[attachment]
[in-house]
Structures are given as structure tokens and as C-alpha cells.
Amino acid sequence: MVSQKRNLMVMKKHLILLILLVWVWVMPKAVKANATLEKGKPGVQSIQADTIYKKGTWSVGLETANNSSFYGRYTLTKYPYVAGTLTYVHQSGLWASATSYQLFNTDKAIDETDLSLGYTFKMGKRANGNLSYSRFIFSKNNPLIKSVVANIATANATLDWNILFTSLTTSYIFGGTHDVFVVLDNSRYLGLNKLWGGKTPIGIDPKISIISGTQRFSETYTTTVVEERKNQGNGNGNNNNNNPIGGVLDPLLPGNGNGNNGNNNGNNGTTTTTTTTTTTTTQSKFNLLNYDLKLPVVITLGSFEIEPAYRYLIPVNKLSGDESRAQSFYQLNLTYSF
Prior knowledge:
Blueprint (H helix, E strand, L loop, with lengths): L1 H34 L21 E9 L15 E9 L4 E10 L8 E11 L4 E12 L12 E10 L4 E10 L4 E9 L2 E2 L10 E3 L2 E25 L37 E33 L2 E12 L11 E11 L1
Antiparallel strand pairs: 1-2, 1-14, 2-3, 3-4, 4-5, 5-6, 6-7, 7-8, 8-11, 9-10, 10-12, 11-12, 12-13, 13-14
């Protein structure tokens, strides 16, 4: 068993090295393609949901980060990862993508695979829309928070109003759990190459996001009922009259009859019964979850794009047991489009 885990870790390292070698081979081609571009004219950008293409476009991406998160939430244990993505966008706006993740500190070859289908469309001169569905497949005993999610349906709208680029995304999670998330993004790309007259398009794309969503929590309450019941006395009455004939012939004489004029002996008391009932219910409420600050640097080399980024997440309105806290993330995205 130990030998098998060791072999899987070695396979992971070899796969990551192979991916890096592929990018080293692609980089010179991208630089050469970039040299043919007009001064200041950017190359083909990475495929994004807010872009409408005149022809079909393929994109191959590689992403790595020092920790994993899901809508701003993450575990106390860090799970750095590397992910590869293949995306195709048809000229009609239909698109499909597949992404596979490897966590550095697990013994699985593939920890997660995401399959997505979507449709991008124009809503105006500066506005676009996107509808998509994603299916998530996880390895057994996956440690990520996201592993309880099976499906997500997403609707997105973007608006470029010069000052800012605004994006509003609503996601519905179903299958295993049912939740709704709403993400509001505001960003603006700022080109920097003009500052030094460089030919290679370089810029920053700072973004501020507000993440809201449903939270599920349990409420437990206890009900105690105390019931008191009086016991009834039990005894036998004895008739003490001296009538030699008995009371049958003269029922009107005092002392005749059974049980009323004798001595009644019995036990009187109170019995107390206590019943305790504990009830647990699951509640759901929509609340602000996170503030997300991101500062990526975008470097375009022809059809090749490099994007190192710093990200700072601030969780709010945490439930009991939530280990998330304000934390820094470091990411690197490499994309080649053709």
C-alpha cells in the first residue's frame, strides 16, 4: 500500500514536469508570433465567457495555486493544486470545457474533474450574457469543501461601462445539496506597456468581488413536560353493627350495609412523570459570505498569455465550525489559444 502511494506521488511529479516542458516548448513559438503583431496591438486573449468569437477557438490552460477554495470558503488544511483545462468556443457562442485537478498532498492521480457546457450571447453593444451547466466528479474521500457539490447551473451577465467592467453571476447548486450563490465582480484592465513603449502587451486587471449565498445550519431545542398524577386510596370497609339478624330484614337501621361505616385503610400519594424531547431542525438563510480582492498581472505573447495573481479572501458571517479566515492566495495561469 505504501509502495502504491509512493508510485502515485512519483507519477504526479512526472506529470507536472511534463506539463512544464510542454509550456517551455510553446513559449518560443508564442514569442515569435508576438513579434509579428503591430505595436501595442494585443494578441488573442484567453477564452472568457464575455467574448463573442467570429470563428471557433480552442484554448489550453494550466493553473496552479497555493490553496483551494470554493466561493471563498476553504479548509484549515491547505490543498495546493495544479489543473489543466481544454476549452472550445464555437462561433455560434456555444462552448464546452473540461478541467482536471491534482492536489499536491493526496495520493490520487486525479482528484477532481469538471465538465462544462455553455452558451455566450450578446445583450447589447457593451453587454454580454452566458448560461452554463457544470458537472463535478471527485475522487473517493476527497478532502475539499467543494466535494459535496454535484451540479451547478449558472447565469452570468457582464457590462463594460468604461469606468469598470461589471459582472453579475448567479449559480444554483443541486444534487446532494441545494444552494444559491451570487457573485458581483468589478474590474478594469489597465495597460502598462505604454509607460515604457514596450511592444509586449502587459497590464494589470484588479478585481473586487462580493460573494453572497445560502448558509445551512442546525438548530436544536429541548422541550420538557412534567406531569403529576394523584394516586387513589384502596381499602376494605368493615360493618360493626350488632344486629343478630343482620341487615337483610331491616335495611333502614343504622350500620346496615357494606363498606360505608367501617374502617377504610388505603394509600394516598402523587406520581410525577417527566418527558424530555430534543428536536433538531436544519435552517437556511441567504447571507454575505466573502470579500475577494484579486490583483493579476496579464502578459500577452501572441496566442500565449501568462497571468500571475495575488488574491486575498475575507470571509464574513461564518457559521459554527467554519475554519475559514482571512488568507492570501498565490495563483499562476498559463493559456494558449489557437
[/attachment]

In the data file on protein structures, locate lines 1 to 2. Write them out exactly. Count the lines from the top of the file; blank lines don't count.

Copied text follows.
[in-house]
Structures are given as structure tokens and as C-alpha cells.